On a good day, a Bombe could yield that day’s Enigma key in as little as an hour, and, by 1941, eighteen Bombes were up and running. With the Nazi naval communications rendered transparent, the British could pinpoint the position of the U-boats, steering convoys safely around them and, taking the offensive, sending destroyers to sink them. Even as the Battle of the Atlantic began to shift, the German High Command refused to believe that the Enigma could have been broken, suspecting instead espionage and treachery.

As the Enigma evolved, Turing continued to devise new strategies to defeat it. Known at Bletchley as the Prof, Turing was famed for his harmless eccentricities, like keeping his tea mug chained to the radiator and wearing a gas mask as he rode his bicycle to work (it helped to alleviate his hay fever). He impressed his colleagues as a friendly, approachable genius, always willing to explain his ideas, and he became especially close to a woman he worked with, playing what he called “sleepy chess” with her after their night-shift code-breaking. Having convinced himself that he was in love with her, he proposed marriage, and was eagerly accepted, even after he divulged his “homosexual tendencies” to her. But he later decided it wouldn’t work and broke off the engagement. It seems to have been the only time in his life that he contemplated a heterosexual relationship.

By 1942, Turing had mastered most of the theoretical problems posed by the Enigma. Now that the United States was ready to throw its vast resources into the code-breaking effort, he was dispatched as a liaison to Washington, where he helped the Americans get their own Bombe-making and Enigma-monitoring under way. Then he headed to New York, where he was to work on another top-secret project, involving the encryption of speech, at Bell Laboratories, which were then situated near the piers in Greenwich Village. While at Bell Labs, he became engrossed with a question that came to occupy his postwar work: was it possible to build an artificial brain? On one occasion, Turing stunned the entire executive mess at Bell Labs into silence by announcing, in a typically clarion tone, “I’m not interested in developing a powerful brain. All I’m after is just a mediocre brain, something like the president of the American Telephone and Telegraph Company.”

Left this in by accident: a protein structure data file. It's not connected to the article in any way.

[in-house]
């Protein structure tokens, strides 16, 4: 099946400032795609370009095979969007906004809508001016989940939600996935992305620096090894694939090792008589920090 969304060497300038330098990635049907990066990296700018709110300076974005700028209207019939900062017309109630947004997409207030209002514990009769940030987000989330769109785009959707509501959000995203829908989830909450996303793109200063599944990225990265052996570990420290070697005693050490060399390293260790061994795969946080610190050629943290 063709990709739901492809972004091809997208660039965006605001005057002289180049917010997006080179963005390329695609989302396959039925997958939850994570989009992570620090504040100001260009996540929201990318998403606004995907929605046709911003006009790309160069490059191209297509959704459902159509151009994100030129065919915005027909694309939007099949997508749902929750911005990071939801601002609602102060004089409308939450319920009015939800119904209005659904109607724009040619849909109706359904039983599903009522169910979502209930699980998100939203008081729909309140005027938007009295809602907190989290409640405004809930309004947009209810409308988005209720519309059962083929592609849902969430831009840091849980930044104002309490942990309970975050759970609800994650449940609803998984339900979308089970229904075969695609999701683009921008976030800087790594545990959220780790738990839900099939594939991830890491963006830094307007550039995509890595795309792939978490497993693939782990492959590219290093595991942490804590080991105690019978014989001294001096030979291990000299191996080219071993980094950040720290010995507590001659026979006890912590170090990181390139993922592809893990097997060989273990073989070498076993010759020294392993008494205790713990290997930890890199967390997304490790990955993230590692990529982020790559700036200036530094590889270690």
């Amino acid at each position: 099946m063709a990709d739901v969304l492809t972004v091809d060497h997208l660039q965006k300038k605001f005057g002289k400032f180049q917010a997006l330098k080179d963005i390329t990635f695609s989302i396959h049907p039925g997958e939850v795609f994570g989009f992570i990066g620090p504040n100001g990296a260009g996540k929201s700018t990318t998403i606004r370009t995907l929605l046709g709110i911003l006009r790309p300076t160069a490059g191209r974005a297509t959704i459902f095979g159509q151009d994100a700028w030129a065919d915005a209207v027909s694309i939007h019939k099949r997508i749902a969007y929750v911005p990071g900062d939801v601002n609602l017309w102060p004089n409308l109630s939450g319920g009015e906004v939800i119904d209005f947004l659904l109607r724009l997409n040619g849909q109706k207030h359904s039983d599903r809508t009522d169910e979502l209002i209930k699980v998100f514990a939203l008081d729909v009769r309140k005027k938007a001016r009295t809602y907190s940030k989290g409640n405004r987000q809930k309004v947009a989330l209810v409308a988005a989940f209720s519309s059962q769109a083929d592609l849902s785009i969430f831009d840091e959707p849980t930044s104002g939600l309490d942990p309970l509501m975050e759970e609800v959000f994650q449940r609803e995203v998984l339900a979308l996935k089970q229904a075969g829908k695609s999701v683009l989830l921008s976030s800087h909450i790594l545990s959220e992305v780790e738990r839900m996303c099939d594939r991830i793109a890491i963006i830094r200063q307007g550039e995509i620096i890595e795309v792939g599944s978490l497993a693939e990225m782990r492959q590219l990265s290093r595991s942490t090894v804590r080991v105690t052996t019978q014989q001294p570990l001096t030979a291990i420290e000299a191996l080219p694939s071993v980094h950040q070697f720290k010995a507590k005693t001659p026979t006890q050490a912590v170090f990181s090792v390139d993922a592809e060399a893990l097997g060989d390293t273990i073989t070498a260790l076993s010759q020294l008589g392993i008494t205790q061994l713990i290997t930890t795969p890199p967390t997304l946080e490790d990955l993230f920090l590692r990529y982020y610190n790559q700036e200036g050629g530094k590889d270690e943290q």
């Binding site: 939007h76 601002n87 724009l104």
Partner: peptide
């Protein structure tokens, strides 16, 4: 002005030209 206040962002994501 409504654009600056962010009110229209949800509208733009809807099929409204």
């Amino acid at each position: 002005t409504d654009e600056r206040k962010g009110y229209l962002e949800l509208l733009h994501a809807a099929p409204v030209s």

Turing’s early work had raised a fascinating possibility: perhaps the human brain is something like a universal Turing machine. Of course, the brain looks more like cold porridge than like a machine. But Turing suspected that what made the brain capable of thought was its logical structure, not its physical embodiment. Building a universal Turing machine might thus be the way to erase the line between the mechanical and the intelligent.

In 1945, Turing wrote up a plan for building a computer which contained everything from the abstract structure down to the circuit diagrams and a cost estimate of eleven thousand two hundred pounds. At Britain’s National Physical Laboratory, where he worked after the war, he had nothing like the resources of the Americans, and yet he rose to the challenge posed by his straitened circumstances. When it came to the computer’s memory, for example, the most obvious storage device was one in which the data took the form of vibrations in liquid mercury. But Turing reckoned that gin would be just as effective, and far cheaper. On one occasion, he noticed a drainpipe lying in a field and had a colleague help him drag it back to the laboratory for use in his computer hardware. Frustrated with the inept administration at the N.P.L., he finally accepted an offer to direct the development of a computer prototype at Manchester University. Arriving in that grim Northern industrial city at the age of thirty-six, he found it “mucky” and noted that the Mancunian male wasn’t much to look at.